REALITY: In New York only lawyers can be licensed and can practice law. Anyone else doing so (such as a paralegal) must be connected with a lawyer or law firm who will supervise the non-lawyer work. Qualification to become a lawyer is generally four years of college, three years of law school, and successful completion of the bar exam. Now the New York state courts’ Working Group on Regulatory Innovation has issued an opinion that licensed social workers should be able to practice law in a limited way. The limitation would be that they could only provide legal services that would include court representation and advocacy. The Commission expects that using social workers in this way could lead to the use of other non-lawyers in legal capacities. The State would require the non-lawyers to engage in legal training. Currently non-lawyers cannot own a law firm, and this policy would continue. The States of Washington and Utah have similar programs that permit paralegals to practice law in a limited way. Three other states are considering approving a paralegal exception.
The committee based their opinion regarding social workers on several factors: 1. Many social workers work mostly with the poor and underserved and expansion of the practice of law would benefit this group; 2. Social workers are trained in dealing with trauma, which can help their clients; 3. Social workers can help lawyers improve their quality of services by engaging in preliminary work under the umbrella of lawyers.
Issues remain. Some items to be decided are the extent of limited legal services social workers may do, how much additional education and training they must complete, and whether a new license should be issued after qualification. Social workers and lawyers have different ethical standards that each must meet and these need to be coordinated. Insurance companies must be consulted on whether or not they will provide malpractice insurance for a social worker practicing limited law (this may ultimately be the biggest obstacle to the proposal). Another important consideration is that three years of law school usually provides a very wide scope of legal learning and training. Law students study specific areas of the law, such as family law, corporate law, criminal law, poverty law and environmental law, among other areas. In addition to specific areas, law students also study general procedure, and various historical developments, such as U.S. Constitutional law, development of contract law, development of personal injury law, among other areas. Should an unusual issue arise during a lawsuit, presumably the trained lawyer is able to spot the issue and deal with it appropriately. To curtail the scope of extensive training may not be helpful to the public.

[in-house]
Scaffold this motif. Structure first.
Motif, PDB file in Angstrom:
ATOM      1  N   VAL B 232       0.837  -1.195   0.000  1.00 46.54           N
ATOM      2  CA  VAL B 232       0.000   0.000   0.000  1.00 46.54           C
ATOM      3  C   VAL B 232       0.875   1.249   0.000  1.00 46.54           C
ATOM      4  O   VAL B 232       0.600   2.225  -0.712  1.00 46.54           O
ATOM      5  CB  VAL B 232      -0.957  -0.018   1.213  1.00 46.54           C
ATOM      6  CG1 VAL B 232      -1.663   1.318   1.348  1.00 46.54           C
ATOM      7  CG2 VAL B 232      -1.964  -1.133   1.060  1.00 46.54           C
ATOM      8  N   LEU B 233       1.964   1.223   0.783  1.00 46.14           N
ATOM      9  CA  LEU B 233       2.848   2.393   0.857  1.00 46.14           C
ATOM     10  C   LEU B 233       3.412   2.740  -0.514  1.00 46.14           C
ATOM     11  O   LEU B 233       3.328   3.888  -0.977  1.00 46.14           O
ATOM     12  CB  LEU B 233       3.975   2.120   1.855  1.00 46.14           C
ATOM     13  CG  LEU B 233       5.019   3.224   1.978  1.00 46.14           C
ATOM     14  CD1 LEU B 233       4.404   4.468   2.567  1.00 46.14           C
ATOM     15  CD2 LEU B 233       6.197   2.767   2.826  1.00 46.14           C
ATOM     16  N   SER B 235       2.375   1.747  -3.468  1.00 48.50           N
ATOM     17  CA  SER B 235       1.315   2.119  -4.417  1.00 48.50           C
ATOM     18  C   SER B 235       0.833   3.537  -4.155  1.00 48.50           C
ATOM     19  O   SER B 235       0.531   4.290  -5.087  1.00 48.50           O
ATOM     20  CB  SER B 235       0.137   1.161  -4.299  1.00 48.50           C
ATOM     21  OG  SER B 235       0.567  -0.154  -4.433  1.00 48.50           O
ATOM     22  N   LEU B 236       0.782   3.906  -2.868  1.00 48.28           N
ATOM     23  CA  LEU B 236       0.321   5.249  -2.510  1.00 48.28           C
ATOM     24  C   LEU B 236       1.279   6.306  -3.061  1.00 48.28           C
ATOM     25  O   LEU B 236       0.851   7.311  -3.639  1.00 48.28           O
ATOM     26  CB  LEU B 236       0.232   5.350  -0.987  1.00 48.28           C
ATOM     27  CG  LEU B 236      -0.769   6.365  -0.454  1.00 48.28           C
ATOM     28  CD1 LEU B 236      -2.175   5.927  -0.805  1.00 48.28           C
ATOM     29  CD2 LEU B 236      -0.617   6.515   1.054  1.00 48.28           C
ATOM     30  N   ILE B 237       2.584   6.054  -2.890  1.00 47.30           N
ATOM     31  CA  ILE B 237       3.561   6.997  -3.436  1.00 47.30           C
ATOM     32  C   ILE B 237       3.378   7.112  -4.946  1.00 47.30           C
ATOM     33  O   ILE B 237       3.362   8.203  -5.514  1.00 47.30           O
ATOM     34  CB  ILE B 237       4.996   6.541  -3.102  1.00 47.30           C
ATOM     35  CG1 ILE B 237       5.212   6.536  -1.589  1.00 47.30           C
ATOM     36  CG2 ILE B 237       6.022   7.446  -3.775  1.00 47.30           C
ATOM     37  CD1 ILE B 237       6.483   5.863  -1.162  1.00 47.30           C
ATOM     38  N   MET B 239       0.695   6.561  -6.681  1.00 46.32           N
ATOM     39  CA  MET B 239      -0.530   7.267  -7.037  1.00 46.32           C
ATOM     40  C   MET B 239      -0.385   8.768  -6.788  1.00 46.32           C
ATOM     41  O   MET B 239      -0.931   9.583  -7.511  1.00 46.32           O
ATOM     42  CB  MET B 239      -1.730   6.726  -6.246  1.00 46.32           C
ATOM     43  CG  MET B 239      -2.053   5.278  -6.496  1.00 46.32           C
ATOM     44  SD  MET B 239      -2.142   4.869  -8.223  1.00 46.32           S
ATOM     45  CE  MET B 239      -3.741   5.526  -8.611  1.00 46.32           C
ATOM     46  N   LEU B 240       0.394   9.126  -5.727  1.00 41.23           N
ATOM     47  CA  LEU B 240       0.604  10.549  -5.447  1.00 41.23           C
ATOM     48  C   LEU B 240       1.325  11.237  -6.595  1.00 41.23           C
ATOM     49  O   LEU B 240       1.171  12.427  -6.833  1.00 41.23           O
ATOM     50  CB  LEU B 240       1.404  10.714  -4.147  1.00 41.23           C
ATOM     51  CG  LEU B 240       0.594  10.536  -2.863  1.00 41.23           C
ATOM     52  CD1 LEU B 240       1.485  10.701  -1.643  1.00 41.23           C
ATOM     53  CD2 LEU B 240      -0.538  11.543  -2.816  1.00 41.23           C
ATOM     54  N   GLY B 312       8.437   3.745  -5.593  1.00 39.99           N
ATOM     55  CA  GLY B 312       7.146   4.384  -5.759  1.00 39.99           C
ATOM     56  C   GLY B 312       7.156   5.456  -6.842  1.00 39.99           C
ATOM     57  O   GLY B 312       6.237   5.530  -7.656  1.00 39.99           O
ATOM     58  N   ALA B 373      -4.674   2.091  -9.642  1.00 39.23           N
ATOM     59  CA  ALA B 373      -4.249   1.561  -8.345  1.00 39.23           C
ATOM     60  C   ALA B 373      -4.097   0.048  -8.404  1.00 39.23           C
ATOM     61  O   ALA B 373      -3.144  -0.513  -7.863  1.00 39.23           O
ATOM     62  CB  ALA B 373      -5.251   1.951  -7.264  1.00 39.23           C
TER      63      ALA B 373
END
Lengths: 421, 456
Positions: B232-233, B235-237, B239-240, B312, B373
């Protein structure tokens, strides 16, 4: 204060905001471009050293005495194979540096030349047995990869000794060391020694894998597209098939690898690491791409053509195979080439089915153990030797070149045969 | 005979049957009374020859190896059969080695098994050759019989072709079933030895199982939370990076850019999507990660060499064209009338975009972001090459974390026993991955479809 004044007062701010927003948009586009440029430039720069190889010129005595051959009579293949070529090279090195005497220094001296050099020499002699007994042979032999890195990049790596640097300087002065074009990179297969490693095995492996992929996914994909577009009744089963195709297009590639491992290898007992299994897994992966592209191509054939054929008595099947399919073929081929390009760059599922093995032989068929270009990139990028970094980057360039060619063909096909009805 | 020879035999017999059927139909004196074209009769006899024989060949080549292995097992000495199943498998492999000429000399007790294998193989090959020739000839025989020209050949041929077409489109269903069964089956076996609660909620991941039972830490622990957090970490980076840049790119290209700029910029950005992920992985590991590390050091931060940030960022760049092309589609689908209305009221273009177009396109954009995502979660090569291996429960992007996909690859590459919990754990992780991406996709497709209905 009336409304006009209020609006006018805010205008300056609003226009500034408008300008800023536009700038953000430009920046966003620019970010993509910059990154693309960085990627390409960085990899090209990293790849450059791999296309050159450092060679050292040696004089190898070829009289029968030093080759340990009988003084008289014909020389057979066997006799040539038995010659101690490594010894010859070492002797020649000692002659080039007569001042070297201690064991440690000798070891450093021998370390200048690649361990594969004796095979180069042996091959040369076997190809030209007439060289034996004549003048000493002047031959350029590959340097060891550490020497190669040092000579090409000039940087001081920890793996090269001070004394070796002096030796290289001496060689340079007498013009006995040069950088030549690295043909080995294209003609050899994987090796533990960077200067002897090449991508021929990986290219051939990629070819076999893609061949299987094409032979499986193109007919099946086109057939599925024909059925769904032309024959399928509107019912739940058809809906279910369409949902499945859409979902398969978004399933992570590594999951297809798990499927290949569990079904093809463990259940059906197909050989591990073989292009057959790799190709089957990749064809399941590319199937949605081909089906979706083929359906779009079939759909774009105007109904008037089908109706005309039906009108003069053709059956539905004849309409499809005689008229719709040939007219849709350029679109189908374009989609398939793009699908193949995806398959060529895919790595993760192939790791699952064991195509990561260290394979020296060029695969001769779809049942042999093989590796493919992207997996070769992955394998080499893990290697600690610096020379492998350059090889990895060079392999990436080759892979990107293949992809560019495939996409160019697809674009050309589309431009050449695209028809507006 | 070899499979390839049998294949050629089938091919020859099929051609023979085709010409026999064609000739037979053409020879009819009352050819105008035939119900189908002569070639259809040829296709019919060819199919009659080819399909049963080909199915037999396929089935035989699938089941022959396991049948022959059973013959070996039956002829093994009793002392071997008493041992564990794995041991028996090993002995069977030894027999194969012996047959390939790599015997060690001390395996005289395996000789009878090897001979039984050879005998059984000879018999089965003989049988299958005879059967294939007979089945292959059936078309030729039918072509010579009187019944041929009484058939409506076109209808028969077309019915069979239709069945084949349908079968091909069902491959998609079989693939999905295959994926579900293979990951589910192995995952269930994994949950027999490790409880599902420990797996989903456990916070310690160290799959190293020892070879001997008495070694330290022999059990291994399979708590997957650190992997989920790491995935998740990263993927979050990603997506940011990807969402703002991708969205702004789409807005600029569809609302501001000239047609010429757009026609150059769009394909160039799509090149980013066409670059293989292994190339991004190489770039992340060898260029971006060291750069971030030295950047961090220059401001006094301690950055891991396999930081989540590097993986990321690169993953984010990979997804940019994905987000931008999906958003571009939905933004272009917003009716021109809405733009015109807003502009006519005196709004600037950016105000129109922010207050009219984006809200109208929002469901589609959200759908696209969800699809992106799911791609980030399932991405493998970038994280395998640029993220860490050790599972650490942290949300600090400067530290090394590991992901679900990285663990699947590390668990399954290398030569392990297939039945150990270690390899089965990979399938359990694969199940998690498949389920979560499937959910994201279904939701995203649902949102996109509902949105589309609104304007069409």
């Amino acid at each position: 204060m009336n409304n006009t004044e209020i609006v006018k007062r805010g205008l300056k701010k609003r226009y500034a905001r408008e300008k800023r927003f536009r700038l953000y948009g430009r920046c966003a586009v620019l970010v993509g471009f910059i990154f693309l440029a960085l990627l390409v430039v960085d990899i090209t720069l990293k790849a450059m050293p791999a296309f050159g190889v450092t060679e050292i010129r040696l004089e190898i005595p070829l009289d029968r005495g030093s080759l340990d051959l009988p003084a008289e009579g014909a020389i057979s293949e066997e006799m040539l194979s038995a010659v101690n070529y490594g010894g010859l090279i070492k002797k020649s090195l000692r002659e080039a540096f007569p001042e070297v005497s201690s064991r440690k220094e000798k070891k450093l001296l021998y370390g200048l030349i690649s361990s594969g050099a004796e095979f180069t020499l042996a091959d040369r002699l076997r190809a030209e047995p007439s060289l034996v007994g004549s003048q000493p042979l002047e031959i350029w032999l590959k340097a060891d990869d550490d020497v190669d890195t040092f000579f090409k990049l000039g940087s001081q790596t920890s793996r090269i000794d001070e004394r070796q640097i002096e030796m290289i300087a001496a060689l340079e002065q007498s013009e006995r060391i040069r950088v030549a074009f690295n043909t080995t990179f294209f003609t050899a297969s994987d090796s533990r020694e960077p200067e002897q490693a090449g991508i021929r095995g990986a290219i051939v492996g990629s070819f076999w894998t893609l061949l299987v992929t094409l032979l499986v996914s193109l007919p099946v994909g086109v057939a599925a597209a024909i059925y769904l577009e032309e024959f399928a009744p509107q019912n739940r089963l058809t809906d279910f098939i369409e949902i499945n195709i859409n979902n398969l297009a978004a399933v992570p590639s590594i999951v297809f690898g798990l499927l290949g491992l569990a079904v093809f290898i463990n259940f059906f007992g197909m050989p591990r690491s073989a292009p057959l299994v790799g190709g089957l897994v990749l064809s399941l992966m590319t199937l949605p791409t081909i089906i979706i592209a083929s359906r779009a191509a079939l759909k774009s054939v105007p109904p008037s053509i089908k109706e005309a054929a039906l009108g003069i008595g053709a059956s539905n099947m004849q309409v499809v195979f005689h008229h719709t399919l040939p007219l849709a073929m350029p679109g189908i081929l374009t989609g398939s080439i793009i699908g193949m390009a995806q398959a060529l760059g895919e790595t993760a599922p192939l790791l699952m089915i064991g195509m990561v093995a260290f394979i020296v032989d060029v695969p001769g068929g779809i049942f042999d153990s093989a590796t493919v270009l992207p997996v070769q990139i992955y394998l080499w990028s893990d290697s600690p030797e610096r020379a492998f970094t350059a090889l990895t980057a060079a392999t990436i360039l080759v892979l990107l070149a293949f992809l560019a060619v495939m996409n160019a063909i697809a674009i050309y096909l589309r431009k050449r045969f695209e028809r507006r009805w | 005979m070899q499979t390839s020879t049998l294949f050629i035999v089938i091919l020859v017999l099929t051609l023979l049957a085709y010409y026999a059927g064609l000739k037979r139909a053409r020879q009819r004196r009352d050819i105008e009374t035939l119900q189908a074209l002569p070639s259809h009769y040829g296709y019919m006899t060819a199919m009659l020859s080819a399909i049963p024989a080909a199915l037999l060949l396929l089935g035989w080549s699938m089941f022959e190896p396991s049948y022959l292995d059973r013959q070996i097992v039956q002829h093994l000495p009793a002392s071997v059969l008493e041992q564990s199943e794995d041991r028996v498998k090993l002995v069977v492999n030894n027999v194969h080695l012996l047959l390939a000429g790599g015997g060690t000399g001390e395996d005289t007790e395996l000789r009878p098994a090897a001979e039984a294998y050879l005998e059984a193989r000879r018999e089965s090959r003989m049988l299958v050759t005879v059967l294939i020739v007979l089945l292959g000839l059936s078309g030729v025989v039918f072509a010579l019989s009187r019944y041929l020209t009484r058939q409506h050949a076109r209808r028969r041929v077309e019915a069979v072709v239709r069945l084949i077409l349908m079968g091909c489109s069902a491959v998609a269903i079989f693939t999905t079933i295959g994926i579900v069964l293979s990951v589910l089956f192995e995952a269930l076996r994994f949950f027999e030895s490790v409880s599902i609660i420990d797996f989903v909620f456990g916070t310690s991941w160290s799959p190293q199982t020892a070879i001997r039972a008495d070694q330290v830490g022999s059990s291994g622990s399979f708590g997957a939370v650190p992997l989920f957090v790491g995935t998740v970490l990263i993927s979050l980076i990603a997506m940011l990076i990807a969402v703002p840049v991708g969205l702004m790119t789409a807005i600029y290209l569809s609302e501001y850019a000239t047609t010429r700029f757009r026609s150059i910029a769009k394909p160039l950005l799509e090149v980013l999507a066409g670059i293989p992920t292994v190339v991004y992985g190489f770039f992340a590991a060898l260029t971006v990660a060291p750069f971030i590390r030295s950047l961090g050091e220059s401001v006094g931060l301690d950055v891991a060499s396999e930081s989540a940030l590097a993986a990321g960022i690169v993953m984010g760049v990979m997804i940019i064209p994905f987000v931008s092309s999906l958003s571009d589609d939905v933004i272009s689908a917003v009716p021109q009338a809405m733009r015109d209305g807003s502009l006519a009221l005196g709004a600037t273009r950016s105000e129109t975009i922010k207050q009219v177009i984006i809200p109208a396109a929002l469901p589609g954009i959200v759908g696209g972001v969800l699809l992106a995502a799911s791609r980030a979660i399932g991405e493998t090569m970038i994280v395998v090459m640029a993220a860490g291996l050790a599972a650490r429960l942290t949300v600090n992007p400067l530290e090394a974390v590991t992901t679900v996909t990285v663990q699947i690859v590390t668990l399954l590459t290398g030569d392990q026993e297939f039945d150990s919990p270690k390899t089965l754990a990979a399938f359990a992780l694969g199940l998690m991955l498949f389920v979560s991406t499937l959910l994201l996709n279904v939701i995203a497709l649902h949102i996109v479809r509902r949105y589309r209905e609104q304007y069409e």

The New York State Bar Association has not commented.
Giving attention to legal myths is not wrong. It can be a starting point for developing an interest in the law. However, if specific legal issues are important in your life, for instance, regarding custody of children or money payable for any reason, it is wise to consult a lawyer who can advise you on the truth of legal myths. This discussion is not intended to render legal advice on specific cases or to express an opinion on any specific case.